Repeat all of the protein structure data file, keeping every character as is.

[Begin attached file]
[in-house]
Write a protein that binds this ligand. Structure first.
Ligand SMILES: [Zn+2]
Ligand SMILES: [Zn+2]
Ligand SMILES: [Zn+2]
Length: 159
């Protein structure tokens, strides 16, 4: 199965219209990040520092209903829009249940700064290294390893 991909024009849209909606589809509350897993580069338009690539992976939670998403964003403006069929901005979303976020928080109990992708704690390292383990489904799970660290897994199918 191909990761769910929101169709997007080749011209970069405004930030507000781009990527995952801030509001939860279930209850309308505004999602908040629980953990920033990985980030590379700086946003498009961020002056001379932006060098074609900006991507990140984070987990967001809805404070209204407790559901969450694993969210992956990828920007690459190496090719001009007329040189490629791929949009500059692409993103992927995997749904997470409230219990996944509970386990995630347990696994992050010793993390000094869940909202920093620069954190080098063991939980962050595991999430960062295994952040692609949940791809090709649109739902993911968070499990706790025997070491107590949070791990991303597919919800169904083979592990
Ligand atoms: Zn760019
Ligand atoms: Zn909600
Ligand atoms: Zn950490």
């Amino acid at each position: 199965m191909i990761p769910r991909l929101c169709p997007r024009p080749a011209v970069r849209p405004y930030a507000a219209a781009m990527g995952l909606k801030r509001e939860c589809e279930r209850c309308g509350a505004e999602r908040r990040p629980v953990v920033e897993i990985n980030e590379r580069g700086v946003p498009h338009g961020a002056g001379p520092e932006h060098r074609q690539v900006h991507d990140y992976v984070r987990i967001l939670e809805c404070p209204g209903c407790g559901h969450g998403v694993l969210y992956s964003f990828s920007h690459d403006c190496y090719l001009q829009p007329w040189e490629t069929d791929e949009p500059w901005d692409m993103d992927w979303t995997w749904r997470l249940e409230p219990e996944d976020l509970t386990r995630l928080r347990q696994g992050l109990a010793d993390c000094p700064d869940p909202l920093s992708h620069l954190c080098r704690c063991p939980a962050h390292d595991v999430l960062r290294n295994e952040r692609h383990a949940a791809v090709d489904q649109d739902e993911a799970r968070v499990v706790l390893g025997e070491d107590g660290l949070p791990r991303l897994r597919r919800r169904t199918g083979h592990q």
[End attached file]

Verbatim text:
[in-house]
Write a protein that binds this ligand. Structure first.
Ligand SMILES: [Zn+2]
Ligand SMILES: [Zn+2]
Ligand SMILES: [Zn+2]
Length: 159
């Protein structure tokens, strides 16, 4: 199965219209990040520092209903829009249940700064290294390893 991909024009849209909606589809509350897993580069338009690539992976939670998403964003403006069929901005979303976020928080109990992708704690390292383990489904799970660290897994199918 191909990761769910929101169709997007080749011209970069405004930030507000781009990527995952801030509001939860279930209850309308505004999602908040629980953990920033990985980030590379700086946003498009961020002056001379932006060098074609900006991507990140984070987990967001809805404070209204407790559901969450694993969210992956990828920007690459190496090719001009007329040189490629791929949009500059692409993103992927995997749904997470409230219990996944509970386990995630347990696994992050010793993390000094869940909202920093620069954190080098063991939980962050595991999430960062295994952040692609949940791809090709649109739902993911968070499990706790025997070491107590949070791990991303597919919800169904083979592990
Ligand atoms: Zn760019
Ligand atoms: Zn909600
Ligand atoms: Zn950490």
């Amino acid at each position: 199965m191909i990761p769910r991909l929101c169709p997007r024009p080749a011209v970069r849209p405004y930030a507000a219209a781009m990527g995952l909606k801030r509001e939860c589809e279930r209850c309308g509350a505004e999602r908040r990040p629980v953990v920033e897993i990985n980030e590379r580069g700086v946003p498009h338009g961020a002056g001379p520092e932006h060098r074609q690539v900006h991507d990140y992976v984070r987990i967001l939670e809805c404070p209204g209903c407790g559901h969450g998403v694993l969210y992956s964003f990828s920007h690459d403006c190496y090719l001009q829009p007329w040189e490629t069929d791929e949009p500059w901005d692409m993103d992927w979303t995997w749904r997470l249940e409230p219990e996944d976020l509970t386990r995630l928080r347990q696994g992050l109990a010793d993390c000094p700064d869940p909202l920093s992708h620069l954190c080098r704690c063991p939980a962050h390292d595991v999430l960062r290294n295994e952040r692609h383990a949940a791809v090709d489904q649109d739902e993911a799970r968070v499990v706790l390893g025997e070491d107590g660290l949070p791990r991303l897994r597919r919800r169904t199918g083979h592990q």